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Federal judge is 'deeply concerned' about suicides in Miami-Dade jails

Turner Guilford Knight Correctional Center near Miami International Airport
Alexia Fodere via Miami Herald
Turner Guilford Knight Correctional Center near Miami International Airport

Miami-Dade's corrections department remains under court supervision, and a federal judge is getting more frustrated about suicides in county jails.

Another suicide in a Miami-Dade County jail has a federal judge raising serious concerns with county leadership over its treatment of inmates.

U.S. District Court Judge Beth Bloom grilled county mayor Daniella Levine Cava about the county’s plan to open a mental health facility at a recent hearing, WLRN news partner the Miami Herald reports.

Miami-Dade County previously told Bloom the facility — meant to treat people with mental illnesses rather than jail them — would be open earlier this year. That still hasn’t happened.

READ MORE: 'Clock is ticking' on Miami−Dade jails to reduce high number of inmate deaths

At a hearing this month, Bloom probed the county about a death in one of its jails. Last November, Daniesqui Lache Rodriguez died by suicide at the Turner Guilford Knight Correctional Center. Bloom asked the county how this occurred, and asked if the death could have been prevented if the facility had been open.

In an order to show cause filed by the court earlier this month, Bloom showed frustration with the ongoing issue of suicides in the jails and the treatment of inmates with mental health concerns.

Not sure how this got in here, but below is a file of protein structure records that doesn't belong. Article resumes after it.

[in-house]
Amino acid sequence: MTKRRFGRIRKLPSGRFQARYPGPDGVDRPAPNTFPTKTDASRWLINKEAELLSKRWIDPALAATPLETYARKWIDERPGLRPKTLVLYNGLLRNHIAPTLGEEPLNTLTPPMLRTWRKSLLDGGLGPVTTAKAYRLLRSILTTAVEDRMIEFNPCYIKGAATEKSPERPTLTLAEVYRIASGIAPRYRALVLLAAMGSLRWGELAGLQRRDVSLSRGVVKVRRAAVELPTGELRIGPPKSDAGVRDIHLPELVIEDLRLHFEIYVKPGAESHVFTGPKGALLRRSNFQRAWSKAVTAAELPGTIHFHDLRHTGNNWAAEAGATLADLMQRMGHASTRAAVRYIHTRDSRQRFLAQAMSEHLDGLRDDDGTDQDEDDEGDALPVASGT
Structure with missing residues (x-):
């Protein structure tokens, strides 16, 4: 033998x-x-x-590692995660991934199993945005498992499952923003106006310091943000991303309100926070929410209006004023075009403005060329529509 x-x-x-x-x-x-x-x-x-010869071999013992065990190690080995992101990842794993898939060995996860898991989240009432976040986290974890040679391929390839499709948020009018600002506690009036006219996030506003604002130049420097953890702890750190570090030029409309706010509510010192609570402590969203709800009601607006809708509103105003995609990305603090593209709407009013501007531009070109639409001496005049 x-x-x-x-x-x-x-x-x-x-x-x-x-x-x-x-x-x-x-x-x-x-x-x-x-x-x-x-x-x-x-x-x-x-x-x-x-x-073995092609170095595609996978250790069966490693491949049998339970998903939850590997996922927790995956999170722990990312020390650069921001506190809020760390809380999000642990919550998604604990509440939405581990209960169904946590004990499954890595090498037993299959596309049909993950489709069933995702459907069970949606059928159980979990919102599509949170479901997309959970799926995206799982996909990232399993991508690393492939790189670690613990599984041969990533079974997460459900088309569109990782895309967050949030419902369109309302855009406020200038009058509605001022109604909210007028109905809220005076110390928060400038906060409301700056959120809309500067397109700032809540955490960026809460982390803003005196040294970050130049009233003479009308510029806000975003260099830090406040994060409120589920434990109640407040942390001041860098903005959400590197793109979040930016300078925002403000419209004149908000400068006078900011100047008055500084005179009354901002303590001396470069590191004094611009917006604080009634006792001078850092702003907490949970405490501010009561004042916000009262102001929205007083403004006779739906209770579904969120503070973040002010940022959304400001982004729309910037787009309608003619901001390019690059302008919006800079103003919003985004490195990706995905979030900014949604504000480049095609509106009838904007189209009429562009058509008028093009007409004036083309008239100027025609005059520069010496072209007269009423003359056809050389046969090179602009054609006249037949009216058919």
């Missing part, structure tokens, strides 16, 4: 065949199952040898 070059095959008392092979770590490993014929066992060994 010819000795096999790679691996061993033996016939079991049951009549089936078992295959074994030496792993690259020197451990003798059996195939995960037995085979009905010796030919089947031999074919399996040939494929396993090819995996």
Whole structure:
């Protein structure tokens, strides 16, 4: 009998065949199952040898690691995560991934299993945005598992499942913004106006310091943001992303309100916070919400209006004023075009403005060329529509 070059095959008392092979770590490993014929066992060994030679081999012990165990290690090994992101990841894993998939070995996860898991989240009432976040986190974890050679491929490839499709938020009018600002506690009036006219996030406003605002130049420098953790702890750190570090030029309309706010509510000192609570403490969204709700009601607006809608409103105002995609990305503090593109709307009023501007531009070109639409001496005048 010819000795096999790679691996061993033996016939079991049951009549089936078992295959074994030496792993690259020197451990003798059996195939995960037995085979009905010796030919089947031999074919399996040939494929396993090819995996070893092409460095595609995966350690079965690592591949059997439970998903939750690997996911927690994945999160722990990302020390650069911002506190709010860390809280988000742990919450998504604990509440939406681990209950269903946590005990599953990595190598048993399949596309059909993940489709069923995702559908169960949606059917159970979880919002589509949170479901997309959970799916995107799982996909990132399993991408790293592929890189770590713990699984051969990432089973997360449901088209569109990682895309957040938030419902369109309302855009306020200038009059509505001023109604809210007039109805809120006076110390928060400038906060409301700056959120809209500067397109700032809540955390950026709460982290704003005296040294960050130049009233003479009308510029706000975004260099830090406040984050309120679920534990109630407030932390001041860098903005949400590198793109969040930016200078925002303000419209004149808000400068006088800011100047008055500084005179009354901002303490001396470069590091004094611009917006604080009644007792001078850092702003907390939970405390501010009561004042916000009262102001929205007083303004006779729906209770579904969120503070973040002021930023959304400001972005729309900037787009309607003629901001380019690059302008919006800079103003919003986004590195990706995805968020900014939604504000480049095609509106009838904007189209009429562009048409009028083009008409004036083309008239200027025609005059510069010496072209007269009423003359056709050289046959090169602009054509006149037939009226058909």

"This Court remains deeply concerned about the processes in place to appropriately address the treatment of inmates with mental health conditions," Bloom wrote when ordering the county to appear for a hearing.

WLRN previously reported that the Miami-Dade County’s corrections department was at risk of being penalized by a federal court owing to a high number of suicides in its facilities. The county’s jails have been under a federal consent decree for over a decade after federal inspectors in the early 2010s found the jails were not meeting the minimum standards for inmate health required by the U.S. Constitution.

In the worst case scenario, if the court deems Miami-Dade County unfit to run its own jails, it may appoint a third-party receiver to control the corrections system.

The county seemed on track to get out from under the consent decree, but the death of Rodriguez had Bloom frustrated at the county’s progress, according to the Herald.

Cava told Bloom that the mental health facility may be opened by the end of this year, but she could make no guarantees.

Bloom scheduled another hearing for Oct. 25 to get a status update.

Copyright 2024 WLRN Public Media

Joshua Ceballos